Clarifiers are settling tanks built with mechanical means for continuous removal of solids being deposited by sedimentation. A clarifier is generally used to remove solid particulates or suspended solids from liquid for clarification and (or) thickening. Concentrated impurities, discharged from the bottom of the tank are known as sludge, while the particles that float to the surface of the liquid are called scum.



Before the water enters the clarifier, coagulation and flocculation reagents, such as poly-electrolytes and ferric sulfate, can be added. These reagents cause finely suspended particles to clump together and form larger and denser particles, called flocs, that settle more quickly and stably. This allows the separation of the solids in the clarifier to occur more efficiently and easily; aiding in the conservation of energy.[2] Isolating the particle components first using these processes may reduce the volume of downstream water treatment processes like filtration.

Potable water treatment

Water being purified for human consumption, is treated with flocculation reagents, then sent to the clarifier where removal of the flocculated coagulate occurs producing clarified water. The clarifier works by permitting the heavier and larger particles to settle to the bottom of the clarifier. The particles then form a bottom layer of sludge requiring regular removal and disposal. Clarified water then proceeds through several more steps before being sent for storage and use.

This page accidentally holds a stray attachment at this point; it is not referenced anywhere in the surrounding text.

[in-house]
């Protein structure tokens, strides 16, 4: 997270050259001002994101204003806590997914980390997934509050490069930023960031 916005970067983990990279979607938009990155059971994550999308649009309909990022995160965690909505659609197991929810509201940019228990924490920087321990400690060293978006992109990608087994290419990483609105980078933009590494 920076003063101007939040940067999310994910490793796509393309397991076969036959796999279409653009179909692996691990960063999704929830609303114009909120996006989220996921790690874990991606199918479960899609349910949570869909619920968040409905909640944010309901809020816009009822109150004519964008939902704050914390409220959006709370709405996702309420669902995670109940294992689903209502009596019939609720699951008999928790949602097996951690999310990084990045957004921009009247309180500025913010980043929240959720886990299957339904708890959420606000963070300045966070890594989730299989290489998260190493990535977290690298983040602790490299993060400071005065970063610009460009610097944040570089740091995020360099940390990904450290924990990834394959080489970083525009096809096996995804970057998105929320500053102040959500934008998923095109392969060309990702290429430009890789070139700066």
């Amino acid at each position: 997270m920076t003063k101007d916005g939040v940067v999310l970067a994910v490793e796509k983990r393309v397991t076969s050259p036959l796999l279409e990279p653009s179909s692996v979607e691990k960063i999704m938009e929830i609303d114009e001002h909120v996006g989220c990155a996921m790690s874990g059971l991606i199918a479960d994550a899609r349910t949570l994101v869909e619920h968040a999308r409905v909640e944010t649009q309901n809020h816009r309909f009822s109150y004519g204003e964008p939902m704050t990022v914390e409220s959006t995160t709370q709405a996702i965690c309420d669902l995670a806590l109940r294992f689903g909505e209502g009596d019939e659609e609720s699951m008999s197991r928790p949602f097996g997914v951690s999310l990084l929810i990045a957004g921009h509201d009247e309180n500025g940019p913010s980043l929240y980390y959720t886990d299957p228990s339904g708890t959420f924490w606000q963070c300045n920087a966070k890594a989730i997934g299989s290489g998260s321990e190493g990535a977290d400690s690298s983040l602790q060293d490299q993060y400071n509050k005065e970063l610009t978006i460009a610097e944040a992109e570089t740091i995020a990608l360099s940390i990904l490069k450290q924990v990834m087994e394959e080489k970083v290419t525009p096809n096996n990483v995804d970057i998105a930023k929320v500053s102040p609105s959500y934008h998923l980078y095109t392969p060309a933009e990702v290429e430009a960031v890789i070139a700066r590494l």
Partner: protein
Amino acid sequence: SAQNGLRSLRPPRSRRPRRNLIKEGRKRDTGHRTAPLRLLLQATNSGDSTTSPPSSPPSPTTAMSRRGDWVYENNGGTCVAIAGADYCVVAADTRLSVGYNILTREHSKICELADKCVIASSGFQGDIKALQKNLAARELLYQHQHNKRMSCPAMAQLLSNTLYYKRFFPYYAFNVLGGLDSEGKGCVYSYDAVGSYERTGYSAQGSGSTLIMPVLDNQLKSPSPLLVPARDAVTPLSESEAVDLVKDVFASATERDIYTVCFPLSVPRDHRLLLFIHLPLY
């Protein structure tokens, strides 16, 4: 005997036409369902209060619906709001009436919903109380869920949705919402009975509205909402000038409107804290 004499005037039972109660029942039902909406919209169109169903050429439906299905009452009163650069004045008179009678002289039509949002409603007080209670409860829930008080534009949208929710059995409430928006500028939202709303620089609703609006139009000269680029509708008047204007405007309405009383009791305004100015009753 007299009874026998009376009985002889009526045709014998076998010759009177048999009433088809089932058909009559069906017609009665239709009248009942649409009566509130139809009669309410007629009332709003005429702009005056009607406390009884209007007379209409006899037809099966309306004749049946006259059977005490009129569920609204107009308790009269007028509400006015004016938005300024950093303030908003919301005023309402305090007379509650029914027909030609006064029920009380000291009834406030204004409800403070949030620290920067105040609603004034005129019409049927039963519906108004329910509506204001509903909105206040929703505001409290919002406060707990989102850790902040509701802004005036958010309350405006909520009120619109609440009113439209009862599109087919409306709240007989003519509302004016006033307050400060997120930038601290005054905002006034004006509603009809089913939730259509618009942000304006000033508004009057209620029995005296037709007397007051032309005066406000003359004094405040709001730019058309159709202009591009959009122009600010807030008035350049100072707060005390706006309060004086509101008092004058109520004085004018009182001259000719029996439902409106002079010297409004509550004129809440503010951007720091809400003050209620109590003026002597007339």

Waste water treatment

Sedimentation tanks have been used to treat wastewater for millennia.

Primary treatment of sewage is removal of floating and settleable solids through sedimentation. Primary clarifiers reduce the content of suspended solids and pollutants embedded in those suspended solids.[5]:5–9 Because of the large amount of reagent necessary to treat domestic wastewater, preliminary chemical coagulation and flocculation are generally not used, remaining suspended solids being reduced by following stages of the system. However, coagulation and flocculation can be used for building a compact treatment plant (also called a "package treatment plant"), or for further polishing of the treated water.

Sedimentation tanks called secondary clarifiers remove flocs of biological growth created in some methods of secondary treatment including activated sludge, trickling filters and rotating biological contactors.